The Sherman's deficiency in off-road conditions is no big secret, having been explored in the famous Swedish video.
The inadequate HE shell of the 76 mm Sherman previously popped up in WWII era reports. When the only alternative was the 75 mm gun and tough enemy armour was plentiful, this was a drawback that could be begrudgingly accepted. However, in situations where enemy tanks were rare and powerful 90 mm guns were more common, it's hard not to be jealous.
Speaking of anti-infantry weapons, bigger explosives weren't the only things that were needed.
While a 45 or a 76 mm gun would find the front armour of a Sherman a difficult target, the statement about the T-34-85 doesn't stand up during the famous Yugoslavian trials. When tested, the tanks appeared roughly matched, with the Sherman penetrating the T-34-85 from 900-1100 meters with armour piercing rounds, and the T-34-85 penetrating the Sherman from 1000-1100 meters. The tests also showed that the ZiS-3 could indeed penetrate the front of a Sherman, but only at a very close range (250 meters).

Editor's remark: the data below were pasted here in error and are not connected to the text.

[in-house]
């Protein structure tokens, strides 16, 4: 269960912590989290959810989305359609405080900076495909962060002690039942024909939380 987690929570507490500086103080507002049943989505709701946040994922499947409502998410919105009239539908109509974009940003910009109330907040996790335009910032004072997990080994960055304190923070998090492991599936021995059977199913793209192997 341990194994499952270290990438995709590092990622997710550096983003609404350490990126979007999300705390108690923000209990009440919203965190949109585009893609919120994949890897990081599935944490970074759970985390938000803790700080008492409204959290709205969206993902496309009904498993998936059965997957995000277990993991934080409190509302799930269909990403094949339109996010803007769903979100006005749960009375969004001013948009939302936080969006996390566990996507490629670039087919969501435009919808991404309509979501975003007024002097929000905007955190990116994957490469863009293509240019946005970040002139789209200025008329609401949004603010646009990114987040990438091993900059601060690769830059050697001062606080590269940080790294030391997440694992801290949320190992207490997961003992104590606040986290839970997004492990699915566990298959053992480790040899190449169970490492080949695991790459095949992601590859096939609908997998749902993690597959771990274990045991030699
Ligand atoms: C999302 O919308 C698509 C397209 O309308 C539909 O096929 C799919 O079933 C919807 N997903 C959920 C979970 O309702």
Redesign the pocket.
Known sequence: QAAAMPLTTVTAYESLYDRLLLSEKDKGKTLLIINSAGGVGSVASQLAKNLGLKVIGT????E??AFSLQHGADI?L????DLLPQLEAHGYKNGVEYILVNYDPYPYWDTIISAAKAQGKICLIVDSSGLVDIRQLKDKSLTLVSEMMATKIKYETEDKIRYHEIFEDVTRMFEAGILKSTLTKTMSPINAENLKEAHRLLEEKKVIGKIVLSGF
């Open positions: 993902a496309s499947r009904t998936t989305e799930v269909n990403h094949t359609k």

While the Sherman gets praise, the heavier tanks, not so much.
Yikes, 60% is not a good number. The phrasing of the evaluation of American tanks vs. the T-34-85 is interesting, as though the writer of the report had significantly more respect for the tanks he was fighting than the people in them, an opinion which appears in other reports as well.